While the fate of Prop 8 is still undecided, the California State Legislature is in another battle regarding the LGBT community. This time it’s about the community’s place in history books, and whether or not students should be taught of the contributions that LGBT people have made to both California and American society in general.
San Francisco Representative Mark Leno reintroduced the bill, The Fair, Accurate, Inclusive and Respectful (FAIR) Education Act, which would require state schools to teach about the contributions of gay, lesbian and transgender Americans.
Legislators actually approved this requirement five years ago, only to run into then-Governor Arnold Schwarzenegger. He was not a fan of the bill, and killed it despite its approval by the Legislature.
At a recent hearing for the bill, Leno made an emotional appeal for its passage, saying that it is essential to demonstrate the LGBT community’s contributions in light of recent anti-gay bullying . He spoke of California teenager Seth Walsh, who committed suicide at the age of 13 after enduring anti-gay bullying at school. He said:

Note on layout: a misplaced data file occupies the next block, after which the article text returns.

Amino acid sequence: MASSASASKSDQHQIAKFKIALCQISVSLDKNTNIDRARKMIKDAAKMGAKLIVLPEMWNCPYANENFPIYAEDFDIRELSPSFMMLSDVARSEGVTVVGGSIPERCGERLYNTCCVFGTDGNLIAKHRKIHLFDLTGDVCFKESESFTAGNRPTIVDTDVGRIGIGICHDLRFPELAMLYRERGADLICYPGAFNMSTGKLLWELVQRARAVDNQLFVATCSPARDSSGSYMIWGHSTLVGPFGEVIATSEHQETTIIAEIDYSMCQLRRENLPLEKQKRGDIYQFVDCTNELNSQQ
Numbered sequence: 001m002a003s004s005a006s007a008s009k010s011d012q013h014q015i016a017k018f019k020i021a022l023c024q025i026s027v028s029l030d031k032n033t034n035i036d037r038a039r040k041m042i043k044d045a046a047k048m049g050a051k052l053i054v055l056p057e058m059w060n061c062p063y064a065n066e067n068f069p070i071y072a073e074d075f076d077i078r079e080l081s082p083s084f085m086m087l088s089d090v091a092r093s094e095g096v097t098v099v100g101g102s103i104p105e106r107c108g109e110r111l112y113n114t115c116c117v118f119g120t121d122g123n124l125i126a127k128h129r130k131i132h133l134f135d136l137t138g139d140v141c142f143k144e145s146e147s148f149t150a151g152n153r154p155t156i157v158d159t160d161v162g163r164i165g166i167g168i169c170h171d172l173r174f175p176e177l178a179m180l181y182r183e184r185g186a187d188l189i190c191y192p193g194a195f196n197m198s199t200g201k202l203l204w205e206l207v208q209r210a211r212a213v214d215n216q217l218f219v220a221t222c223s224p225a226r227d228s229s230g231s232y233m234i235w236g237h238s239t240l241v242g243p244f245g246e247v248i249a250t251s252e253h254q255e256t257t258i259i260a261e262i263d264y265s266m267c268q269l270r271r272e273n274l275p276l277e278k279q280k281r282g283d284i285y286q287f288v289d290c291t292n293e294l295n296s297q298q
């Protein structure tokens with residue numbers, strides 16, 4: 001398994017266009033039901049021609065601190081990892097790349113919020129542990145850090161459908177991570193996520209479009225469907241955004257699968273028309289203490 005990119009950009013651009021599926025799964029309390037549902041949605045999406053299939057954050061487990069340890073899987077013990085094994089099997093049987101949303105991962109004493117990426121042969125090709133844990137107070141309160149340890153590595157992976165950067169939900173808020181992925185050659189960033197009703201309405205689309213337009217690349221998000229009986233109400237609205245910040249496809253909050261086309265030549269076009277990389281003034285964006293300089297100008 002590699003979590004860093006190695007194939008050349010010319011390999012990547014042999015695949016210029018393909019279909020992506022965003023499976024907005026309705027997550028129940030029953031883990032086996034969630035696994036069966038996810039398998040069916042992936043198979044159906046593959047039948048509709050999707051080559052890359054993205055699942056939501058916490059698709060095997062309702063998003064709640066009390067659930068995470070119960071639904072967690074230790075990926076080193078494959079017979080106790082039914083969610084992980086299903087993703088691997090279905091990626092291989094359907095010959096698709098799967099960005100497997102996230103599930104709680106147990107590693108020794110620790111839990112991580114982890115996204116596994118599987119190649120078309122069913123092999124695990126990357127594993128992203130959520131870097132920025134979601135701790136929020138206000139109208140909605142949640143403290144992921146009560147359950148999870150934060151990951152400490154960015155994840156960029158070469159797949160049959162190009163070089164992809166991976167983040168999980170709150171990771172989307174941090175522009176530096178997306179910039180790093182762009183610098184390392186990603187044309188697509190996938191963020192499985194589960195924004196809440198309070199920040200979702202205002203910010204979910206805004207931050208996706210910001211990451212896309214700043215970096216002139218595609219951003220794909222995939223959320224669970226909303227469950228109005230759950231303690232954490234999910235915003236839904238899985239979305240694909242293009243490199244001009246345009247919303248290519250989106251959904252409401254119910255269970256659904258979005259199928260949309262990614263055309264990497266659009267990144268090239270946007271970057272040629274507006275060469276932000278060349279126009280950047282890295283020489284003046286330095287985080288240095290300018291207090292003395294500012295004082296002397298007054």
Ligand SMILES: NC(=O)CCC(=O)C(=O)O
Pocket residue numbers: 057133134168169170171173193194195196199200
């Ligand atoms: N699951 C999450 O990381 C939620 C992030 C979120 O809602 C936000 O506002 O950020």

In light of the ongoing and ever-threatening phenomenon of bullying and the tragic result of suicides, it seems to me that better informed students might be more welcoming in their approach to differences among their classmates. Students would better understand that we are talking about a civil rights movement. Our collective silence on this issue perpetuates negative stereotypes of LGBT people and leads to increased bullying of young people.
Republicans are against the bill, using the typical unsubstantiated claims that it will teach kids gay sex. State Sen. Bob Huff says that it would “sexualize the training of our children at an early age.” Since when is providing positive role models and recognizing a community’s contribution to society “sexualizing” anything?
Religious groups are mixed on the issue, which is supported by California Church Impact, a group with members like the Episcopal Church, the United Church of Christ, the Greek Orthodox Church and others. Opposition to teaching the positive impact of the LGBT community comes from the California Catholic Conference, the First Southern Baptist Church and the Thousand Oaks Christian Fellowship.
We hope that this will be passed, and signed into law – it was already passed five years ago, and we feel passionately that having role models is essential for gay youth. We also think that potential bullies will be less inclined to harass gays when they are taught that gay people have something positive to contribute to society.
The LGBT community is simply tired of being demonized by the right-wing, who insists that we are out to “convert” children to our dark side, or teach kids all about gay sex whenever we get the chance. We deserve the chance to share our history with the world.
What are these people so afraid of?
(via the LA Times)